Depending on the kind of skates you have, your toe stops will either be bolt-on or adjustable. I don’t have recommendations for bolt-on stops (sorry!), but I do have a few go-to adjustable stops.
Chaya Cherry Bombs: These have been my favorite toe stops for outdoor skating, and they were the first pair that I wore down (outside of the stock toe stops that came on my Moxi skates.)
Gumball: I’ve only used the natural version of the Gumball stops, but now they come in a variety of cool colors and hardnesses! These are extremely durable and have lasted me quite a long time. There’s also a giant version of the Gumballs called the Superball, and I use this one for derby.
Grindstone Heartstoppers: These toe stops are adorable, and I have a pair on my non-derby indoor setup. However, I would not use these for derby! The shape and slickness of the Heartstoppers makes stopping quickly with them kind of awkward.
You may notice that toe stops typically have long or short stem versions. The version you get comes down to personal preference and the kind of skating you do. I prefer short stem toe stops at the skatepark, because long stems could potentially trip you up. I like long stems for derby because I rely on my toe stops a lot for footwork and pushing, and I also prefer long stems for outdoor skating. I don’t do very much jam skating, but potentially both long and short stem toe stops can get in the way of a lot of dance moves. Never fear though! There are plenty of varieties of jam plugs you can use if you’re looking to get into jam skating.
Tools & Stuff
Rollerbones Bearings: If you have wheels, you need bearings to put in them (two per wheel). Rollerbones bearings are very inexpensive and are primarily what I use.
Bones Bearing Cleaning Unit: If you skate outdoors a lot, your bearings will eventually need to be cleaned. I use the Bones cleaning unit and 100% acetone to wash my bearings, then I lay them on a paper towel to dry.
Bones Speed Cream: If you ever clean your bearings, you’ll also want to lubricate them before putting them back in your wheels. I use Bones Speed Cream for that. It only takes a drop, so the little bottle will last you for a while!
Y3 and Y4 tools: I have both of these tools, and they’re so convenient! If your skates have toe stop locknuts, the Y3 is great and allows you to adjust the locknuts on your toe stops as well as the axle nuts to remove/replace your wheels and your truck kingpins. The Y4 is great for toe stops that require an allen wrench, plus it also allows you to adjust axle nuts, kingpins, and micro-adjustable kingpins.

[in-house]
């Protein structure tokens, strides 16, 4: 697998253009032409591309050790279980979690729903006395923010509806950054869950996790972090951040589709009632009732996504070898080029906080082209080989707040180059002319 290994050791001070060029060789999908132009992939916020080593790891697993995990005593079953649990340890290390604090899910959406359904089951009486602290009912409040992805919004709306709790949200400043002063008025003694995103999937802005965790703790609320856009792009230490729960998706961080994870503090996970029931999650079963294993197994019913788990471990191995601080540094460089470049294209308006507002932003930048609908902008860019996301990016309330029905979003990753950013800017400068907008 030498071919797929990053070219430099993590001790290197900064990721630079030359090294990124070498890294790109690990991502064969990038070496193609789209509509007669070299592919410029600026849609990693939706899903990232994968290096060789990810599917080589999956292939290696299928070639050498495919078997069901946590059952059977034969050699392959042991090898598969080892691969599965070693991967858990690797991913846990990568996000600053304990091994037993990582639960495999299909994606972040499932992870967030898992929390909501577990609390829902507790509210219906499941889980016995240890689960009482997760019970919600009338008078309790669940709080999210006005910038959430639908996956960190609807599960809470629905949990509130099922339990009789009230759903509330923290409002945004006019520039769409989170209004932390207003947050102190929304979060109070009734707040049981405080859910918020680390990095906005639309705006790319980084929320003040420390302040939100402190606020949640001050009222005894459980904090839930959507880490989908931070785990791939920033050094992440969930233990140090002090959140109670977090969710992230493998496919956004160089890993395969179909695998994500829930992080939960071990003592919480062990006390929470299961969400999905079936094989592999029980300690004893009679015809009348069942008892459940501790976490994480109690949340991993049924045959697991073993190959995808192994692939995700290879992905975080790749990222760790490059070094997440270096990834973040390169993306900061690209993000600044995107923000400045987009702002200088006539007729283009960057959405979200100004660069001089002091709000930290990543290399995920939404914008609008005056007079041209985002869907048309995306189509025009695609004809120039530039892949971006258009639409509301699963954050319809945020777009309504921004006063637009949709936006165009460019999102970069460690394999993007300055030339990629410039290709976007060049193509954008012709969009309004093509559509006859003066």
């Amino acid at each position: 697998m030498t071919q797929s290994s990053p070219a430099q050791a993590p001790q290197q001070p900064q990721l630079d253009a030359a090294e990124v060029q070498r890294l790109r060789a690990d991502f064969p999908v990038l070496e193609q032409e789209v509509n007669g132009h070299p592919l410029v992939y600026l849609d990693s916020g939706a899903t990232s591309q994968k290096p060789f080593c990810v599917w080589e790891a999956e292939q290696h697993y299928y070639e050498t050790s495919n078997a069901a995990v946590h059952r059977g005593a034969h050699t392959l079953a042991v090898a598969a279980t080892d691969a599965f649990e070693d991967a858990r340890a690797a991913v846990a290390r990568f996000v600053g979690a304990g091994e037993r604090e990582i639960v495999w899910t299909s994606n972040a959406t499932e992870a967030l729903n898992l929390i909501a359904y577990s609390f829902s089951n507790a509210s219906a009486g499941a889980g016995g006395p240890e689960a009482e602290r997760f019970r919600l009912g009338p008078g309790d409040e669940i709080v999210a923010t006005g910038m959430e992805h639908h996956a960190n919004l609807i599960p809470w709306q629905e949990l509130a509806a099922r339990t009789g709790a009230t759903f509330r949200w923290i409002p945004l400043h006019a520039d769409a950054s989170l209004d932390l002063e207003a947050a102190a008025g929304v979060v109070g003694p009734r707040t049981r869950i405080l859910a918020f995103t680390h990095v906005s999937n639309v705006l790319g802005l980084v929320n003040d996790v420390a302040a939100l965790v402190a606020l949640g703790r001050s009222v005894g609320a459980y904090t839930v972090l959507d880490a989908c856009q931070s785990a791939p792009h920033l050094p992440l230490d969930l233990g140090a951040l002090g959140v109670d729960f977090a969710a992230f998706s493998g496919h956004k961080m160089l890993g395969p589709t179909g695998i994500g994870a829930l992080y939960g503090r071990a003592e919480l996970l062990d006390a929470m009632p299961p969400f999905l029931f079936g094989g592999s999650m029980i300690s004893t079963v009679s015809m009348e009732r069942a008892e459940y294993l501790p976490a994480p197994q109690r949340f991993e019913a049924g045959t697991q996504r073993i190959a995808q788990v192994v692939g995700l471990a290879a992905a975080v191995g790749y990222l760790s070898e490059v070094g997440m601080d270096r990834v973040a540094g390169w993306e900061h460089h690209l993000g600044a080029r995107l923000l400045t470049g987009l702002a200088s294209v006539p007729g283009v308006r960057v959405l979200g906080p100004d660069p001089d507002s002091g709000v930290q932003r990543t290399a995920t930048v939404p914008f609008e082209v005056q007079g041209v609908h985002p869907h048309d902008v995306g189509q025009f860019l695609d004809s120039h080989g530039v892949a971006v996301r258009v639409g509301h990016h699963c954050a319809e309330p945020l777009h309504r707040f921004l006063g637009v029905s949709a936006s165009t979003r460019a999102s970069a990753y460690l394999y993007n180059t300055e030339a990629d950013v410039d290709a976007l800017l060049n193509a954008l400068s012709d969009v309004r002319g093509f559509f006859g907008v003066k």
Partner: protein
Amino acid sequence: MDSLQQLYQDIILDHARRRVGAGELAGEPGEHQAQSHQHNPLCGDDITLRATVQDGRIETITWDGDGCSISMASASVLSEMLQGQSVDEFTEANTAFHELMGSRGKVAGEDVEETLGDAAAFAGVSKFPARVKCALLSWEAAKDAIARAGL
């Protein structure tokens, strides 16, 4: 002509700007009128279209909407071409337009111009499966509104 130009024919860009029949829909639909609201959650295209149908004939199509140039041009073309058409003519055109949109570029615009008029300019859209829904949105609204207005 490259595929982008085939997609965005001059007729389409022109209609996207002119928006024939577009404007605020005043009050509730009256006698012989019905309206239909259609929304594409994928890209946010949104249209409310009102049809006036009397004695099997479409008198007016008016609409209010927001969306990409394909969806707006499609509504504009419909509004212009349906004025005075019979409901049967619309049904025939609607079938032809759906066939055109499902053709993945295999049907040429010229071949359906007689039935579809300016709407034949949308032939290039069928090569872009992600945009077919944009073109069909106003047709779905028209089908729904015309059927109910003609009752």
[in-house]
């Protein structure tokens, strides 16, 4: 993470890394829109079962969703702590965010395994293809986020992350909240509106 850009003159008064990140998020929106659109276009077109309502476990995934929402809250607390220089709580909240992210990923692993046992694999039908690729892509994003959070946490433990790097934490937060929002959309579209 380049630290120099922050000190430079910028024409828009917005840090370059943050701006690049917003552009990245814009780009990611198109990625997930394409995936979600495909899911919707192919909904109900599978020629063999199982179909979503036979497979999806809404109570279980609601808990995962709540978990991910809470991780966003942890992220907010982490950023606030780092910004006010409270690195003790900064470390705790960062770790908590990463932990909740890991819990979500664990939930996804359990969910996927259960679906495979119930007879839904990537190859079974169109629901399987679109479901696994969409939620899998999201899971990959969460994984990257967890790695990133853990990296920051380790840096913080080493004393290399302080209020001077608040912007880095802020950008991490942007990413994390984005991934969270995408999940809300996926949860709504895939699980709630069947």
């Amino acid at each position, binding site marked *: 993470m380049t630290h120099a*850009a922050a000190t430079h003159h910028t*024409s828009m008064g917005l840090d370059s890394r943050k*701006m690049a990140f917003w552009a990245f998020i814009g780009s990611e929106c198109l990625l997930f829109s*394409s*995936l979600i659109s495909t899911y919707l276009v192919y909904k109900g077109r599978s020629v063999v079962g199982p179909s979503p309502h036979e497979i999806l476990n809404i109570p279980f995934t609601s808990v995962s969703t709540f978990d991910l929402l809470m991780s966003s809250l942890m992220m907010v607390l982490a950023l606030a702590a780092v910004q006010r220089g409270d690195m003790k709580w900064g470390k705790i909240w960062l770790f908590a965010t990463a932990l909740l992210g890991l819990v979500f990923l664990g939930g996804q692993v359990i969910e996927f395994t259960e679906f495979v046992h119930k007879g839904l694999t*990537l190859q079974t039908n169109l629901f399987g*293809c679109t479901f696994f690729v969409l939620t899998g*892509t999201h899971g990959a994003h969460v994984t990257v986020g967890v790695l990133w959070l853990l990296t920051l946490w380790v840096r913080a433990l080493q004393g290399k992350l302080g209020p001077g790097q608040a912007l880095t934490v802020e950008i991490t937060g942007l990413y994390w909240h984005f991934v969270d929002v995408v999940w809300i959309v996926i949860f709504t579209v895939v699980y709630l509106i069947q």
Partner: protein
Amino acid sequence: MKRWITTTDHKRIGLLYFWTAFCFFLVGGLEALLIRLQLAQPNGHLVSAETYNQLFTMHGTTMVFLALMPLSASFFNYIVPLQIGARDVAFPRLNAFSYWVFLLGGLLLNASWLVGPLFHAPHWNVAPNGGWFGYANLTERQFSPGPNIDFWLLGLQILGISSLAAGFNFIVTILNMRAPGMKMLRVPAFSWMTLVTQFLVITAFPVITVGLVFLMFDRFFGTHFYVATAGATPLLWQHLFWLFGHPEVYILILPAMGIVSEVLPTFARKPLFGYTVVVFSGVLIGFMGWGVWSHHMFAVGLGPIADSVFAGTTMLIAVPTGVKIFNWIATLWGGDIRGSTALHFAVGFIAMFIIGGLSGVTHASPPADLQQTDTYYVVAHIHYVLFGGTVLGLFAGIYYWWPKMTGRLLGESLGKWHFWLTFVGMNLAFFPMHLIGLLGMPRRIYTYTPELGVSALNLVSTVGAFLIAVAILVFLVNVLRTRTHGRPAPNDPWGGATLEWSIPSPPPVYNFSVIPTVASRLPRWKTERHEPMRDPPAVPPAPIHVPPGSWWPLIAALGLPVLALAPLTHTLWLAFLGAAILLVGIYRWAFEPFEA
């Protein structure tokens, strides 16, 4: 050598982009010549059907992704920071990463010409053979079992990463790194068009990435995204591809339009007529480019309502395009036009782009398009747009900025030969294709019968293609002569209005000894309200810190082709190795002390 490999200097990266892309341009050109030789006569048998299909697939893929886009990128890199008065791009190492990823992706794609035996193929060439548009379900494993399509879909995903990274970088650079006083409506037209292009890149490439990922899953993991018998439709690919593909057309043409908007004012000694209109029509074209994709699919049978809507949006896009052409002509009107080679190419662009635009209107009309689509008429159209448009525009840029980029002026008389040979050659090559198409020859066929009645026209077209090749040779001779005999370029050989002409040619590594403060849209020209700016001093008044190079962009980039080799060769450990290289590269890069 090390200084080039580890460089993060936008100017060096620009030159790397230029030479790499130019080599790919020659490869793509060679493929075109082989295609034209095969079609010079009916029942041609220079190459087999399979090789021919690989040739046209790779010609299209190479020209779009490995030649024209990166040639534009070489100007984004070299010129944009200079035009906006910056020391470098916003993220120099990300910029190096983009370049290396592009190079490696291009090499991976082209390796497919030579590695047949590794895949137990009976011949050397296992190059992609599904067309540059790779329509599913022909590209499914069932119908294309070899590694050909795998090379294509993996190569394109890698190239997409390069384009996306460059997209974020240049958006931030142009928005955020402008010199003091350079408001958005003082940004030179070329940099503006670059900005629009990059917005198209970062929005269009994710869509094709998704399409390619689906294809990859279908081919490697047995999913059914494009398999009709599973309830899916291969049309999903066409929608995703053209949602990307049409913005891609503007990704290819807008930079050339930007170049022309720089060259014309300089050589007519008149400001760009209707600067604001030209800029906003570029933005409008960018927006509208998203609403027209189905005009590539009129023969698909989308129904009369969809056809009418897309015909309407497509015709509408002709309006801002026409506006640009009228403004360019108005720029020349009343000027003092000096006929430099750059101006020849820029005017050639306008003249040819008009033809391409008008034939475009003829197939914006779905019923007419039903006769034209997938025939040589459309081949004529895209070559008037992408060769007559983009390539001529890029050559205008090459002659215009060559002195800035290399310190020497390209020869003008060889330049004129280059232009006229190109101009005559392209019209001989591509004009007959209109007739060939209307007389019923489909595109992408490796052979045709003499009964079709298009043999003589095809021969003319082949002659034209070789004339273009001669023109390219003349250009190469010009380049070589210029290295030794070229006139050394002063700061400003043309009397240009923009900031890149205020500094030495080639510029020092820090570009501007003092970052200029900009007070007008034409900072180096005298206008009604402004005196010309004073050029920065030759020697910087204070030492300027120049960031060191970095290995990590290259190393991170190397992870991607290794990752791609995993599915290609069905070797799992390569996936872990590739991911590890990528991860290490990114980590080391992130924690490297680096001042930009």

Moxi Skate Tool: This inexpensive little buddy goes on your keychain so you always have a way to tighten/loosen your axle nuts. You never know when axle nuts can come loose, especially when you’re rolling on rough, bumpy outdoor surfaces, so this is a convenient and small option to help keep you safe.
Powerdyne Bearing Press: You do NOT need a bearing press to remove and replace your bearings, but this thing is a huge convenience for me. I find the whole bearing cleaning process to be a big chore, but this bearing press saves me a lot of time. If you change your bearings a good bit, I definitely recommend it. If not, I’d stick to a simple bearing hand tool instead.
There you have it! These are just some of my recommendations — I could write a whole other post about safety gear and actual skate boots (and I probably will in the future.) I’m an open book, so if you have specific questions about the items I discuss in this post, please feel free to reach out for more thoughts! The world of hardware and accessories really can be overwhelming, so I would love to help you focus less on those questions so you have more time to enjoy your rolling experience.